Private view of textile art in clothes and for interiors
San Francisco will be the first place where we are conducting an exciting experiment – presenting a collection in the environs of a private home where people can actually see the nature of our textile art and buy if they have a passion to own something that is very rare in this day and age when most things are mass produced, cloned and disposable. Our work has guaranteed provenance, it is timeless in style and therefore sustainable – qualities that are rare these days. We can tell more people about this than would previously have been possible because the internet has opened up a whole new world, especially for tiny businesses like ours. We no longer have to rely on the fickle nature of store buyers to get our creations to the people that want to wear or use them to add that special touch of luxury to their lives and homes. Clothes, as art, can identify a person’s individual nature far better than anything because we carry such art with us.
Our on-line shop http://charlespatricialester.com is very different from most others in that we show individual pieces that are for sale – or as examples of what can be ordered specially – choosing colour, print etc. thus making it unique to the customer.
We are now exploring other ideas for marketing directly to people as well as through the those rare shops that understand the concept of customisation. Affiliate marketing is to be ventured into in the future, but for the moment we are experimenting with ‘private view’ ideas.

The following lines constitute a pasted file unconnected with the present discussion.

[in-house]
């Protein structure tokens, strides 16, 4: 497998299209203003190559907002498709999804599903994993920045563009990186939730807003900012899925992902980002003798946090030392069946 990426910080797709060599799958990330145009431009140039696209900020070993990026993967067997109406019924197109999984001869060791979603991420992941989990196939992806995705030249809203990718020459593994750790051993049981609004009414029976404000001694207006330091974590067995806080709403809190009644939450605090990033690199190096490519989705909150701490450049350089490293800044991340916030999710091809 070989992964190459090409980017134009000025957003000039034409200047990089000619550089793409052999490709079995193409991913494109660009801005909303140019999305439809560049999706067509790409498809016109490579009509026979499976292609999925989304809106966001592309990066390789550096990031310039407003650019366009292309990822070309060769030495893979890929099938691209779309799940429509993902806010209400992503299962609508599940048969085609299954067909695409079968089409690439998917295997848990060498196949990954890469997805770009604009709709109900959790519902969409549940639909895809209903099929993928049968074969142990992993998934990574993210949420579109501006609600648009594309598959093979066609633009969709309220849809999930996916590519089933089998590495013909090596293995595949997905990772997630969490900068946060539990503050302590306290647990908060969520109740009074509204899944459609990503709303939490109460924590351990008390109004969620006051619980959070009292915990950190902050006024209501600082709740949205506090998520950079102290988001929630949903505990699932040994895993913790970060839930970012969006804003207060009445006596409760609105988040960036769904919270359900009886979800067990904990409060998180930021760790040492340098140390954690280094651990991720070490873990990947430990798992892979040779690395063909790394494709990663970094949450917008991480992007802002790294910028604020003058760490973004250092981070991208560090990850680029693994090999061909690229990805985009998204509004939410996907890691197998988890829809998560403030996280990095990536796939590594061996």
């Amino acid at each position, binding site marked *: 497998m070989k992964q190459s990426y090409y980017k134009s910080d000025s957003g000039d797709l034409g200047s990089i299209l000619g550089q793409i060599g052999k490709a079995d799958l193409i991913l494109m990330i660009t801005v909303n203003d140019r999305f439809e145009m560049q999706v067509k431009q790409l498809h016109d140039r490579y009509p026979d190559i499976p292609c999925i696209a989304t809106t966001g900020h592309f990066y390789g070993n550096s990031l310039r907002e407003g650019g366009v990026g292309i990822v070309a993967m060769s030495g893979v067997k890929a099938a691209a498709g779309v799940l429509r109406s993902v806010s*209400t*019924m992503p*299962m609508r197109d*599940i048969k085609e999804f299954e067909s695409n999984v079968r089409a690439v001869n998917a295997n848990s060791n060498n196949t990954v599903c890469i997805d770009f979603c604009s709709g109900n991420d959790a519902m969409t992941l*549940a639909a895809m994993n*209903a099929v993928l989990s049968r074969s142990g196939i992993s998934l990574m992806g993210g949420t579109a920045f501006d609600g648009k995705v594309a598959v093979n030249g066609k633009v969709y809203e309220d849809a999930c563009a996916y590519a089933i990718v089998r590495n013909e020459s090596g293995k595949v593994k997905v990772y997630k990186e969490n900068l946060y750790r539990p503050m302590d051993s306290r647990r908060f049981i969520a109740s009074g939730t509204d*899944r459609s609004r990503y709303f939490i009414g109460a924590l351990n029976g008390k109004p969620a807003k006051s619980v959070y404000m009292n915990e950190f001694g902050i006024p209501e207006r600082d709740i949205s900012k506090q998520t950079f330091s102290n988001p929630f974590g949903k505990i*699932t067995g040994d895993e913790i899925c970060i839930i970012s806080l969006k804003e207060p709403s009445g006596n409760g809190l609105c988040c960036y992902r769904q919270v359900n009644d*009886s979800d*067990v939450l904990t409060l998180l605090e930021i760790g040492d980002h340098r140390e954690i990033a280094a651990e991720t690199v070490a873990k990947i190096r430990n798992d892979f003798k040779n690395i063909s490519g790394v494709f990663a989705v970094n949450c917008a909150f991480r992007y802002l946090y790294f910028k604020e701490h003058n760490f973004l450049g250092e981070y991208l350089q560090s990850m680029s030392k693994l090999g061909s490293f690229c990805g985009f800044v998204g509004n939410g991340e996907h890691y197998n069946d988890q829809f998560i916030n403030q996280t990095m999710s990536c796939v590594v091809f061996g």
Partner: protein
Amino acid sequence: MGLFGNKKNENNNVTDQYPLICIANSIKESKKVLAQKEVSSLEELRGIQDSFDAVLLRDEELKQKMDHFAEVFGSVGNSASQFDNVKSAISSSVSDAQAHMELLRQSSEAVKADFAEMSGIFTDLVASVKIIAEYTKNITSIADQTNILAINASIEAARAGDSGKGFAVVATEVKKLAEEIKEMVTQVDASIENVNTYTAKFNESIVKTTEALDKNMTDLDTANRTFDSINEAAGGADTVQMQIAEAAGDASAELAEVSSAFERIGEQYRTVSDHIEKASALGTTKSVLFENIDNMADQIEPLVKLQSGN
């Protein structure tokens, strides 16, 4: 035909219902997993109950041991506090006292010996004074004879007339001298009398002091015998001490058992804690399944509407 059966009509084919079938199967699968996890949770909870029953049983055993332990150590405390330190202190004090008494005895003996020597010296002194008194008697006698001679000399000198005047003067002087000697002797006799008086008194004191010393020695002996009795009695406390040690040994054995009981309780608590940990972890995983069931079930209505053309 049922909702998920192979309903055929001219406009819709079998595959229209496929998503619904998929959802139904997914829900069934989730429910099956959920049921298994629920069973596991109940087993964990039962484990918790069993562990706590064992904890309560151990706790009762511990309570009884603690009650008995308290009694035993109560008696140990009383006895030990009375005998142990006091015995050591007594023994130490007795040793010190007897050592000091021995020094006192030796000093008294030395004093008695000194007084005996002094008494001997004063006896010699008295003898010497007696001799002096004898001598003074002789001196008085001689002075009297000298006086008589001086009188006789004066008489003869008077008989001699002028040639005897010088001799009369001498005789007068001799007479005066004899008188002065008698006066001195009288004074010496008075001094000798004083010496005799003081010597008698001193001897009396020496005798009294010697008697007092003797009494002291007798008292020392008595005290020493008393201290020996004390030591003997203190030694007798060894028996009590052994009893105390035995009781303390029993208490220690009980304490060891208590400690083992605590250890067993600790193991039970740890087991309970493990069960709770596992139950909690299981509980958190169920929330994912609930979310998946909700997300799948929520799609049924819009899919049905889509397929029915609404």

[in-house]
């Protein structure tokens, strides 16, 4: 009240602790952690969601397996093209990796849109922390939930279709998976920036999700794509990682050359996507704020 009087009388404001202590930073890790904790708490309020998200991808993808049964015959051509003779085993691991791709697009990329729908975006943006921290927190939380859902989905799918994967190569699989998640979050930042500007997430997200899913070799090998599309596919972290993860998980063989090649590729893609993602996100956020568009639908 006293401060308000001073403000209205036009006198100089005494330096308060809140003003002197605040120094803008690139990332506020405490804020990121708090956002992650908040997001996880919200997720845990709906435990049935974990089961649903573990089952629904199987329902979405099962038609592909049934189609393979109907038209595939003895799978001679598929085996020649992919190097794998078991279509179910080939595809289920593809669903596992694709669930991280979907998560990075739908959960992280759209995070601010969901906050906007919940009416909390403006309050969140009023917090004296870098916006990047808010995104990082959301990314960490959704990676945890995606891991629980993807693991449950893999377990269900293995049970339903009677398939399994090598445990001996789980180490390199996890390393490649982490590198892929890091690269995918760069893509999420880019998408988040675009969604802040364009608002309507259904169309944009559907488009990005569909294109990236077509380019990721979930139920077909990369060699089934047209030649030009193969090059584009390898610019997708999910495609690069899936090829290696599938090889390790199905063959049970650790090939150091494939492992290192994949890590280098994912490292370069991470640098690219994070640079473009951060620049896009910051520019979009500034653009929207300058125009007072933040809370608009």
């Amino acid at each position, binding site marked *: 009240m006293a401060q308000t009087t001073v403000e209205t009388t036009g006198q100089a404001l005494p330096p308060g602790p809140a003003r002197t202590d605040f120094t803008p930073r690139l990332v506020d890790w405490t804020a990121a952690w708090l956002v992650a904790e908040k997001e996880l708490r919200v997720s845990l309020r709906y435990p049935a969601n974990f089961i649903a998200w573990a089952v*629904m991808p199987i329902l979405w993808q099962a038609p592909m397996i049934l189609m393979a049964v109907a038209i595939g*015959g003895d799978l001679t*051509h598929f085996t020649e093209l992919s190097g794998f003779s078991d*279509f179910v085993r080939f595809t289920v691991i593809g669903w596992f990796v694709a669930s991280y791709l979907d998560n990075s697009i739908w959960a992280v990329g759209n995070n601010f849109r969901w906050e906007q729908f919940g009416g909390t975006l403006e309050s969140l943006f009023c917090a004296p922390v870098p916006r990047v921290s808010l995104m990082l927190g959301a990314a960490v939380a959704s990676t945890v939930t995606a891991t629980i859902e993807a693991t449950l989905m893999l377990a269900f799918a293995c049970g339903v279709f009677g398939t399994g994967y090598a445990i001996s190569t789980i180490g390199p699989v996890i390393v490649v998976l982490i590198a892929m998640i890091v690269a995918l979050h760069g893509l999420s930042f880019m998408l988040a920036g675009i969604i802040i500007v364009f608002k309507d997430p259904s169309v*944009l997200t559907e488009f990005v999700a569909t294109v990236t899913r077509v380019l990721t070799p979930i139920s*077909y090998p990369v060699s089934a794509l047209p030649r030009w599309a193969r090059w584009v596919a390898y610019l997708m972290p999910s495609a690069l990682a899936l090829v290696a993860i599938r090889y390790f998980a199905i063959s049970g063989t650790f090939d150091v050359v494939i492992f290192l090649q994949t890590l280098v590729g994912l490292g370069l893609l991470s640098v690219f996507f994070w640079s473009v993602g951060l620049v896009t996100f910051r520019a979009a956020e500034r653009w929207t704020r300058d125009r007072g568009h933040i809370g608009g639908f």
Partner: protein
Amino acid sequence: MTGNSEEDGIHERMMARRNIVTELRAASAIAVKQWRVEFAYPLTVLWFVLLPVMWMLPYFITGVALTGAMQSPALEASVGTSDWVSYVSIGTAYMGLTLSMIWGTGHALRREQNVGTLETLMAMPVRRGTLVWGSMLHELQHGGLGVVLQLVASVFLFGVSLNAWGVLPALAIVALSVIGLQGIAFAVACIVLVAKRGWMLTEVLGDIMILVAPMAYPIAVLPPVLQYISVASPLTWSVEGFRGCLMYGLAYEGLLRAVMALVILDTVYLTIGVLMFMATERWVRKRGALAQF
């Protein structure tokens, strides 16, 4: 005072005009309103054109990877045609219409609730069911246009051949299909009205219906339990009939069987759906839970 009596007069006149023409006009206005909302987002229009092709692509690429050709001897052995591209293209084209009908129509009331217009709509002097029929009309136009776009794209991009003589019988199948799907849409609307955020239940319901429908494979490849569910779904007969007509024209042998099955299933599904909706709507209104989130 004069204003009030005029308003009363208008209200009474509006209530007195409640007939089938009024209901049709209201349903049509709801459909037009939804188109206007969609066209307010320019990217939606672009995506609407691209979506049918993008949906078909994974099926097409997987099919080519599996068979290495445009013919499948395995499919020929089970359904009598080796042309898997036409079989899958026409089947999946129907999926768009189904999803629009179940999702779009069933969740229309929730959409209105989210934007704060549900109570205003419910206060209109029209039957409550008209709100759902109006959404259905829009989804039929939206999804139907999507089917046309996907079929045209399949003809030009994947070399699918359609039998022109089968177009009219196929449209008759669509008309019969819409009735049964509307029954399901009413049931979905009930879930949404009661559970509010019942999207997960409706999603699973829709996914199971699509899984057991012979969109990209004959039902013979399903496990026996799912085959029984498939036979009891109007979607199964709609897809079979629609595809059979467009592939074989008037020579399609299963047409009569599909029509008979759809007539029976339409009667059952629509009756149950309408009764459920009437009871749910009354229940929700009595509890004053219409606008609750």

The very first of these is to be in San Francisco – the co-ordinator for this event is Sheila in Berkley in the San Francisco Bay area – telephone number: 510 540 0855
The collection in San Francisco will consist of our signature hand pleated silks, and sumptuous devore velvets together with some new hand marbled silks. Garments can be purchased from the collection or orders placed if variations of colour, size etc. are required. And to add an extra touch of the exotic there will be beautiful pieces of ‘serious’ jewellery, selected by Sheila, to complement the clothes.
What makes our work unique is the fact that someone can contact us directly and talk through their ideas on colour and shapes that would be most suitable for their individual figure.
Unique couture evening wear
Jacket in hand painted and hand pleated silk delicately beaded to give weight and movement
Back view showing the delicately toning beads that give weight and fluid movement to the jacket.
Luxury summer silks for wedding celebrations
Dress in hand marbled silk georgette with little cropped jacket in hand marbled crinkle silk
The lime green hand marbled silk georgette dress worn with a light weight summer coat in satin painted with abstract swirls of lime and green.
Back view showing more of the hand painted satin fabric – a real art to wear piece perfect for the opera or for an art gallery preview worn with simple silk trousers and cami top.
The dress – fine hand marbled silk georgette over a silk lining – perfect for those warm summer wedding parties.
Wearable art in hand painted silks
A dramatic summer opera coat in satin painted with abstract whorls in hot orange – worn over a hand marbled crepe back silk satin evening gown.
Glamorous evening collection
Simple velvet bias cut dress with a transparent organza Kimono printed with silver
Mother of the bride special outfits for plus size
Evening coat in luxury hand painted velvet devore
Pleated evening coat in hand pleated red silk